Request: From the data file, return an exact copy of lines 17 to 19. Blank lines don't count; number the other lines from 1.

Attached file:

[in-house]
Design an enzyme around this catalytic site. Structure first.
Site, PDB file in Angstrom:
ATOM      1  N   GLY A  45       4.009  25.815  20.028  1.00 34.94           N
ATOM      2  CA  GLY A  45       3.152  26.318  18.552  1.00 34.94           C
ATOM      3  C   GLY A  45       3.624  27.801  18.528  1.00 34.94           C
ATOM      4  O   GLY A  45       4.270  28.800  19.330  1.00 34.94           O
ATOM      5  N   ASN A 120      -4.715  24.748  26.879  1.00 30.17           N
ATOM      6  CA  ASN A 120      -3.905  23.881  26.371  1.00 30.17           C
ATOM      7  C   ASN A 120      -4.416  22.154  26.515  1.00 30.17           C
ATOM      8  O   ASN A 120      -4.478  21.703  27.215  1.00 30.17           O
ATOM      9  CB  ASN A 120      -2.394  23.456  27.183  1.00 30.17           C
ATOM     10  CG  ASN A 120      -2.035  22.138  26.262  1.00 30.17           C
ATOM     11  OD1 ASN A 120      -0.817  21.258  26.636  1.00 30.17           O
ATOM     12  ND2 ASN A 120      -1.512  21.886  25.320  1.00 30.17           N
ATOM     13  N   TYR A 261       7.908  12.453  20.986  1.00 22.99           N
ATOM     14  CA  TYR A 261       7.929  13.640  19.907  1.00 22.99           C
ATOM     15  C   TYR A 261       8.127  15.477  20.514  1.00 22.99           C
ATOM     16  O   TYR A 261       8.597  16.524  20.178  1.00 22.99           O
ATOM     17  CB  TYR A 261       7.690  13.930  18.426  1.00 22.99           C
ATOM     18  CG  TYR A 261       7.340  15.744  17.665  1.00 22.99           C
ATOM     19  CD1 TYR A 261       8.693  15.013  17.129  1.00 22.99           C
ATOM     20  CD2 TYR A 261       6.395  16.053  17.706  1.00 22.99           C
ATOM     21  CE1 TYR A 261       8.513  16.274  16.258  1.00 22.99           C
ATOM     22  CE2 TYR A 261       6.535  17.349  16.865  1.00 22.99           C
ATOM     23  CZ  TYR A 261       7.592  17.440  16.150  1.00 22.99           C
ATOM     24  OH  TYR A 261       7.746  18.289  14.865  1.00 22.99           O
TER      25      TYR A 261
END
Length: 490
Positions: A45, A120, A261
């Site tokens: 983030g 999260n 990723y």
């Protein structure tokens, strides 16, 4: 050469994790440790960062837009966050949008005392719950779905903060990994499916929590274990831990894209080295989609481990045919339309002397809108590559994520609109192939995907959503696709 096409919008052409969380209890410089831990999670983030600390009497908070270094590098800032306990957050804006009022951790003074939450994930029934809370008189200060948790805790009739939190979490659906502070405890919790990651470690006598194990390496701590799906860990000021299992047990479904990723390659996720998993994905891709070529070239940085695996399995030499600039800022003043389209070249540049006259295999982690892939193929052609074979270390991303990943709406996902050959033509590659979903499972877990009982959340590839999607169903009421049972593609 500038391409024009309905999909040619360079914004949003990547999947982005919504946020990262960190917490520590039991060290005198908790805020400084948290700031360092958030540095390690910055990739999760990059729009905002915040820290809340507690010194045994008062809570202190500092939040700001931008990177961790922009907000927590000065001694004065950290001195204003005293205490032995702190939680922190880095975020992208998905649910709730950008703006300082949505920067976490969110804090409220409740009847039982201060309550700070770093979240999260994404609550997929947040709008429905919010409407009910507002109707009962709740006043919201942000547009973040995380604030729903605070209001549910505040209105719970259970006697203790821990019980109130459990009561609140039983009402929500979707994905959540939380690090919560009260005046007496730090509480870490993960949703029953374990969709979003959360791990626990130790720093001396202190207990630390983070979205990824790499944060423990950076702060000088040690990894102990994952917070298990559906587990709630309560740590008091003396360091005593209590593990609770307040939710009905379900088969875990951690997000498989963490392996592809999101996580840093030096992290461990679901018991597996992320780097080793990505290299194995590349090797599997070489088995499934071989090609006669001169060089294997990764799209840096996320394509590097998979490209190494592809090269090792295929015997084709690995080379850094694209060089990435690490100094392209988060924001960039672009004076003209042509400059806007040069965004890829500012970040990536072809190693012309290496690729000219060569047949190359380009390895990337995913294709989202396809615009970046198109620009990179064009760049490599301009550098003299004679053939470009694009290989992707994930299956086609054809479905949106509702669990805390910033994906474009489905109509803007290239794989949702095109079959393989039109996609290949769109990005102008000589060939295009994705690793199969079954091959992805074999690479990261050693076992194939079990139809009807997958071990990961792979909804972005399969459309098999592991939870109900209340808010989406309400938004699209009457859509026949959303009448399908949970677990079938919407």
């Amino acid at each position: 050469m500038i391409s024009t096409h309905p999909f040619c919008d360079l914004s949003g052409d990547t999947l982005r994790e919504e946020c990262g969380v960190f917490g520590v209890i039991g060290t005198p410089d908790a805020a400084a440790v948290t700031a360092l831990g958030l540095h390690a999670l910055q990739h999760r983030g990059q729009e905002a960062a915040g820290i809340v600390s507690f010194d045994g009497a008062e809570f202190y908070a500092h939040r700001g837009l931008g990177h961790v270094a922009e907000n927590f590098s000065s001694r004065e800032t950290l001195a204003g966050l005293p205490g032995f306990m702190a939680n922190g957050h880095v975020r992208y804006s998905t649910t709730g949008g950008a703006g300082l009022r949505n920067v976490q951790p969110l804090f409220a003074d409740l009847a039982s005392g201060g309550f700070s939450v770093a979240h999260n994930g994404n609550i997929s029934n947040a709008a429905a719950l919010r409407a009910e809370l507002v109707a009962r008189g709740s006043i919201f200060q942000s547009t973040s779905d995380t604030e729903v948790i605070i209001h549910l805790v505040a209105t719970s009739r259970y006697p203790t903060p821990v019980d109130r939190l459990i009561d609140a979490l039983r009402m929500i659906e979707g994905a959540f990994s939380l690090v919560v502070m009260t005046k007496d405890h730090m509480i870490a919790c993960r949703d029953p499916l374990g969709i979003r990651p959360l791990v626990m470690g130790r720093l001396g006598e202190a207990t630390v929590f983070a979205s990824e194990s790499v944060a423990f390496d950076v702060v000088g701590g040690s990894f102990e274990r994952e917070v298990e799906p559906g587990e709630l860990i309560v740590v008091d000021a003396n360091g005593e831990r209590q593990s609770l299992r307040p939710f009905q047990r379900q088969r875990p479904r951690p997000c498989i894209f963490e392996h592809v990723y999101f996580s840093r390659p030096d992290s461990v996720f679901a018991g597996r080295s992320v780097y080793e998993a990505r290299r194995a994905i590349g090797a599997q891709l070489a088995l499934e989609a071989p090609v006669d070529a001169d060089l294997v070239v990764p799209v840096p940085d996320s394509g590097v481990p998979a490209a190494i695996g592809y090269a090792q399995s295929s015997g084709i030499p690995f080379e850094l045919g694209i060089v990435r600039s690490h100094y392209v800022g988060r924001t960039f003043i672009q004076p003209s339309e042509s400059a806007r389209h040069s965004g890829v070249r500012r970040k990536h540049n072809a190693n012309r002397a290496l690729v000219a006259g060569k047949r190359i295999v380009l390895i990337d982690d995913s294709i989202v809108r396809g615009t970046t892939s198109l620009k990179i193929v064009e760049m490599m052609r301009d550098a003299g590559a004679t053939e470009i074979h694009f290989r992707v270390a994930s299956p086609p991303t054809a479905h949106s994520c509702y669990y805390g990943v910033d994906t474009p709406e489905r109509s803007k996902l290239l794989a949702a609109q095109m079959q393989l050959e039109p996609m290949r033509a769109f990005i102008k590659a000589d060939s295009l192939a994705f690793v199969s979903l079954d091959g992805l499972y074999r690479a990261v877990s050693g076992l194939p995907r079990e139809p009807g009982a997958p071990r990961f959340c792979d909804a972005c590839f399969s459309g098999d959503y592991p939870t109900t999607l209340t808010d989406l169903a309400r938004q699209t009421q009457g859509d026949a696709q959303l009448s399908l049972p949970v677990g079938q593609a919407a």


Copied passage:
ATOM     14  CA  TYR A 261       7.929  13.640  19.907  1.00 22.99           C
ATOM     15  C   TYR A 261       8.127  15.477  20.514  1.00 22.99           C
ATOM     16  O   TYR A 261       8.597  16.524  20.178  1.00 22.99           O